Completed Special Projects
The 1822 Bernardo Plantation, the first and largest cotton plantation in the Republic of Texas, was the home of Jared E. Groce, one of Stephen F. Austin's Old Three Hundred settlers. Learn how THC uncovered the plantation after 175 years.
Shocked by the December 7, 1941, Empire of Japan attack on Pearl Harbor, Hawaii that propelled the United States into World War II, one government response to the war was the incarceration of thousands of Japanese, German, and Italian Americans at Department of Justice Enemy Alien confinement camps. Learn more.
The discovery, excavation, and conservation of La Belle was funded by private donations to the Friends of the Texas Historical Commission. Entombed for more than 300 years, the discovery and excavation of the ship riveted the world’s attention on Texas. The remains of the last ship in La Salle’s ill-fated convoy to the New World became one of the most important archeological projects in North America.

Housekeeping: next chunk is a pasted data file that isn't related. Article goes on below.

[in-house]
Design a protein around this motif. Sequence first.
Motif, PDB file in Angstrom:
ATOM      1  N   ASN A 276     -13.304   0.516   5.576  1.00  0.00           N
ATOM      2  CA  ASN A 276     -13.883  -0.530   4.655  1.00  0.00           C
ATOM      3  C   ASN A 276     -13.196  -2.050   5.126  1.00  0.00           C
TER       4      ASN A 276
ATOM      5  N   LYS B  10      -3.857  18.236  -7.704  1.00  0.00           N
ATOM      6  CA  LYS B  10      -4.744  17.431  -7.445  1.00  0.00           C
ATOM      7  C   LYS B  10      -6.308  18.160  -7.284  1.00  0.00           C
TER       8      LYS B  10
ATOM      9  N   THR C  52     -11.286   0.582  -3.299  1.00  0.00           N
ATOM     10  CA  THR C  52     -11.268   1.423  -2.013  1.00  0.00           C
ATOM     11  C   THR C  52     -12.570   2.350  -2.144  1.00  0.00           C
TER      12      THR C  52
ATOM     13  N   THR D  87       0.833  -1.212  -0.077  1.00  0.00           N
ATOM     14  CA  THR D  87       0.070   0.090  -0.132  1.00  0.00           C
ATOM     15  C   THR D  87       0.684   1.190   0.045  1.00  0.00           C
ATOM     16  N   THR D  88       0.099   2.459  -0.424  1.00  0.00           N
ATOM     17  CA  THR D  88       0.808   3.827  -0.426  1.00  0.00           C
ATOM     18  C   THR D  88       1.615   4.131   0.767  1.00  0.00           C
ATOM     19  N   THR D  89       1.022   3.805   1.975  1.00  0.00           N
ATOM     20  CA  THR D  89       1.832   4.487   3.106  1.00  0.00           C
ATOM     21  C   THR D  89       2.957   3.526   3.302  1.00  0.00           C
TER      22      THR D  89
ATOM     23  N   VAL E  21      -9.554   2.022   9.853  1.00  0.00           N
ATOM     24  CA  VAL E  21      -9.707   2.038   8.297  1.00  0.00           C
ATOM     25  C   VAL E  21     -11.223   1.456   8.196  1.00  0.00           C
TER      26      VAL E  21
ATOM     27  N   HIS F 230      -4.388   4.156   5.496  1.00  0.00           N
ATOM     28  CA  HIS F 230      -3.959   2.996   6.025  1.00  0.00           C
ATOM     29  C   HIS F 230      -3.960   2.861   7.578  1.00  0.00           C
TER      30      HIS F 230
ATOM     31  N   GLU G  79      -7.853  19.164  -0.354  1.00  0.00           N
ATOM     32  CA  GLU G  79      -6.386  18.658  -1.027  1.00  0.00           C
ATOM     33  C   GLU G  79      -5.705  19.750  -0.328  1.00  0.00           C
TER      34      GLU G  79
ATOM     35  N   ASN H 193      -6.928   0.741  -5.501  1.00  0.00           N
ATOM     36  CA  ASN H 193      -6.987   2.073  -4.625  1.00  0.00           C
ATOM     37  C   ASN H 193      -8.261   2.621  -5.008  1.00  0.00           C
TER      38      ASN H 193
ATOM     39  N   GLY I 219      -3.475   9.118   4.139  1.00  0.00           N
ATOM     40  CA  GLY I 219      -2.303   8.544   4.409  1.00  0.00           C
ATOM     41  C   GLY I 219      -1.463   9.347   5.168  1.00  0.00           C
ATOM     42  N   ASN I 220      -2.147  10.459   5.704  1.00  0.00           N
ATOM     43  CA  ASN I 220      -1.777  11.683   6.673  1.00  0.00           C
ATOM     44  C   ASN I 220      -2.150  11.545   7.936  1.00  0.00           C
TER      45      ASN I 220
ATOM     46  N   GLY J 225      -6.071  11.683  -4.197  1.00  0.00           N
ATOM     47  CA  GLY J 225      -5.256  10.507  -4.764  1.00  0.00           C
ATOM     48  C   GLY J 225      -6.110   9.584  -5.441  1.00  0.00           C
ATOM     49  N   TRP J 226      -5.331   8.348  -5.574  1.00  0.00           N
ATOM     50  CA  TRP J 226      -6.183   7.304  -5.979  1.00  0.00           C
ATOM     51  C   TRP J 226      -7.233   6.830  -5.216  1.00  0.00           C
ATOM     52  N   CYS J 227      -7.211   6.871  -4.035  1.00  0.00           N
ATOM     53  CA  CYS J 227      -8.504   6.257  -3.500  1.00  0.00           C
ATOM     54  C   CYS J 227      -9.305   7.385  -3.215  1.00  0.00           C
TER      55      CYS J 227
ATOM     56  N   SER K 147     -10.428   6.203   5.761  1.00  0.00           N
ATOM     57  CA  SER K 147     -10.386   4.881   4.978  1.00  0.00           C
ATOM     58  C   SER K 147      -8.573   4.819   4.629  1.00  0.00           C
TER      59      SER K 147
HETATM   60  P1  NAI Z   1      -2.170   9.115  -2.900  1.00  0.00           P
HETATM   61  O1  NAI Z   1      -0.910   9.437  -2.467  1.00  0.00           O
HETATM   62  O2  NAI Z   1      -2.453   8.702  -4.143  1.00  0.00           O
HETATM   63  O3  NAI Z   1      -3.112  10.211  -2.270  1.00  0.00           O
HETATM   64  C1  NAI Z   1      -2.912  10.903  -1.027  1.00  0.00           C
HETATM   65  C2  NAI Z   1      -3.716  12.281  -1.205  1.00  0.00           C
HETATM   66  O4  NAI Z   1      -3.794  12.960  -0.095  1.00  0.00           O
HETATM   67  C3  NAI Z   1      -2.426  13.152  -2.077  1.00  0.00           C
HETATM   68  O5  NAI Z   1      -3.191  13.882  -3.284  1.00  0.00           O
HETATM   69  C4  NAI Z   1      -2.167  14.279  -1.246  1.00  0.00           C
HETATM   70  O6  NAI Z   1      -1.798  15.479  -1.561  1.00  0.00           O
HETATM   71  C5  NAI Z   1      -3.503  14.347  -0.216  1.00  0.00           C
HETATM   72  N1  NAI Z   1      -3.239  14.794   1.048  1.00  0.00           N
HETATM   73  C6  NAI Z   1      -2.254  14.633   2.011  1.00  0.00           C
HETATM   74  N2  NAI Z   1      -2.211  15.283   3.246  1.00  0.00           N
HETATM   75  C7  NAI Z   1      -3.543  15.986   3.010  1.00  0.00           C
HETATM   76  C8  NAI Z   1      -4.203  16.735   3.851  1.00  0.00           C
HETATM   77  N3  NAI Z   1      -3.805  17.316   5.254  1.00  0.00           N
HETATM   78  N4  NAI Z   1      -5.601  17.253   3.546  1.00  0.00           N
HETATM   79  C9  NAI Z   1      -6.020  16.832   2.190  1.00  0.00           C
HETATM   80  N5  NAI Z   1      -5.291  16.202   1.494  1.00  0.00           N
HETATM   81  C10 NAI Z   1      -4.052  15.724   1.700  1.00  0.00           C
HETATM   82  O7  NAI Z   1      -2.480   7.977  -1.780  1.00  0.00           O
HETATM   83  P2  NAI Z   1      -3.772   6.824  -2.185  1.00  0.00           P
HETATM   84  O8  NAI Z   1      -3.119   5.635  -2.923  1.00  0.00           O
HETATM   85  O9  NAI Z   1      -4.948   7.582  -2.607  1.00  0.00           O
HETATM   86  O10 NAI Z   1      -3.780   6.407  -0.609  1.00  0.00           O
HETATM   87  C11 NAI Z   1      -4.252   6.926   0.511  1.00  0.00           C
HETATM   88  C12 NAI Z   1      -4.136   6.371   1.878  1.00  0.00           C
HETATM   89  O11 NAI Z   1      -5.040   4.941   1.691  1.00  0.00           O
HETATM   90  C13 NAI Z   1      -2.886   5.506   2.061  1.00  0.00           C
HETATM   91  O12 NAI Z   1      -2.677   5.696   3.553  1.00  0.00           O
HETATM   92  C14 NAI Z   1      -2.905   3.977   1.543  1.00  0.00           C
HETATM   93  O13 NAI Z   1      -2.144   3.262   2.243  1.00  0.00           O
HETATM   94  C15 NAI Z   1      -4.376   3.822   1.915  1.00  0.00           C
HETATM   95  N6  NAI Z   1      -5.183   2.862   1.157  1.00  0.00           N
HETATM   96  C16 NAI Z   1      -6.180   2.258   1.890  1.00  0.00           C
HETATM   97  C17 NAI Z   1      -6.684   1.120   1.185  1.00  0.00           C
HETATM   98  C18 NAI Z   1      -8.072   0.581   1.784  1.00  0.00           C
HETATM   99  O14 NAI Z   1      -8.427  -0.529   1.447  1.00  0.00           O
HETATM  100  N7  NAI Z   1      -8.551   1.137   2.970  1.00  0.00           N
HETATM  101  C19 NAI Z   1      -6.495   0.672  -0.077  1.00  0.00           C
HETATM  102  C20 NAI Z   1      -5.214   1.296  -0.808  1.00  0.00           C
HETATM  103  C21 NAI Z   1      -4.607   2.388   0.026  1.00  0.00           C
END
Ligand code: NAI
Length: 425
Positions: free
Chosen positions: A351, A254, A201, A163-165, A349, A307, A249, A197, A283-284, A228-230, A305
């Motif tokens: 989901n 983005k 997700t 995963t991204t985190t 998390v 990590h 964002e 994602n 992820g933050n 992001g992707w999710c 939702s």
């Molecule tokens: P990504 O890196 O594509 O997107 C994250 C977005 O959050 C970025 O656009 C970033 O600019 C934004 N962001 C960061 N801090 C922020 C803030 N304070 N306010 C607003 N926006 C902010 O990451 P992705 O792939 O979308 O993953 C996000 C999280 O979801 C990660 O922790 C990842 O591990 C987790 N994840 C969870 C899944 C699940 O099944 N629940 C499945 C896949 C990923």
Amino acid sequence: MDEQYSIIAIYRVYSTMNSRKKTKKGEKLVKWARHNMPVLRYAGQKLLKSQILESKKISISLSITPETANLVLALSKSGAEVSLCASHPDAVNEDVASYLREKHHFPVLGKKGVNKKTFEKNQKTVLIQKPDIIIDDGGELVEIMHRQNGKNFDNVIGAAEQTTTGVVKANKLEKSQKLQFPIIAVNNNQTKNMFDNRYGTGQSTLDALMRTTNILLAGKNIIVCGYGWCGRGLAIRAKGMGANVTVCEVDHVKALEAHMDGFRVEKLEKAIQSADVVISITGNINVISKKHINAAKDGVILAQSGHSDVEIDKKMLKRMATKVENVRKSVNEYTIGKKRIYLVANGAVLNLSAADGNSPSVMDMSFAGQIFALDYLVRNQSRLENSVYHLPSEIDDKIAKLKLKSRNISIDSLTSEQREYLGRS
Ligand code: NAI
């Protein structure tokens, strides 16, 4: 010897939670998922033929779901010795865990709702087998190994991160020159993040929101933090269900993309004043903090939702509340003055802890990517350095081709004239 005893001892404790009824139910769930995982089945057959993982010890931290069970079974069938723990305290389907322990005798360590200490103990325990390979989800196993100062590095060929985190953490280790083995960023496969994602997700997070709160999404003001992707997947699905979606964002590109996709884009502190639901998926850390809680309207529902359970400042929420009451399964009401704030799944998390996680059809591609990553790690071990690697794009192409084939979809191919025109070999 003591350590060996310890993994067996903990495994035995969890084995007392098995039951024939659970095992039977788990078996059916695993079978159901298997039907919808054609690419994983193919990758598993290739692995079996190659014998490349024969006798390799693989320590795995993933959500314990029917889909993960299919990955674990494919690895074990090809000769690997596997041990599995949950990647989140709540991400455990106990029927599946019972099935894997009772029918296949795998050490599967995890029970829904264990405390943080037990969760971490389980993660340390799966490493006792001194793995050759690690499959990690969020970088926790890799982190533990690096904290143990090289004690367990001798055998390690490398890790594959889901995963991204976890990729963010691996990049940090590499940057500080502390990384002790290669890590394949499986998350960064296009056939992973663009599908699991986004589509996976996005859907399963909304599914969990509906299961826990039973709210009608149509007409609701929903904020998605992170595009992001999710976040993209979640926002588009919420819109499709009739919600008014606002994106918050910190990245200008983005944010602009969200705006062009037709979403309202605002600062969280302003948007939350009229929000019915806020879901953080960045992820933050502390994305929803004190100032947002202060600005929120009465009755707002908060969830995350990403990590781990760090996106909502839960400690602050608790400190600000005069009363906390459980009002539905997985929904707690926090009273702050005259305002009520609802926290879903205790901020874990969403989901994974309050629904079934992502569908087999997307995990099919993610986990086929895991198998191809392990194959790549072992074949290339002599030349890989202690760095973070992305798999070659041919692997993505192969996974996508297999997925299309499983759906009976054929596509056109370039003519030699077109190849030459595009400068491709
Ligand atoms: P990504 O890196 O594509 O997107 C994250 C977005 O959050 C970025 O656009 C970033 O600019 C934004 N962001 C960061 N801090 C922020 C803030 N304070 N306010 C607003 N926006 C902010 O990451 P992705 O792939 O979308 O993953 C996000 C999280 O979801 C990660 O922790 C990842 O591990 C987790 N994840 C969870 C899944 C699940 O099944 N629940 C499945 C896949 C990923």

The last land battle of the Civil War was fought a Palmitto Ranch. Since 2007, the THC has been hard at work researching Palmito Ranch Battlefield National Historic Landmark.
In the summer of 1874, U.S. military foruces launched a major campaign, fought mainly in the Texas Panhandle, against the Southern Plains Indians. Today this campaign is known as the Red River War.
When World War II ended in September 1945, the United States and the Soviet Union—former allies in the defeat of Nazi Germany had already begun to see fractures in their once-mutual support of one another. Competing views of post-war Europe and other regions around the world quickly set the former allies down a decades-long period of mutual distrust. As a result, an unofficial but nonetheless all-too-real ‘state of war’ developed between the two emerging superpowers. This would become known as the Cold War.
The World War II inititavtive was begun in 2005 was a multi-year statewide effort to honor the role of Texas during the Second World War.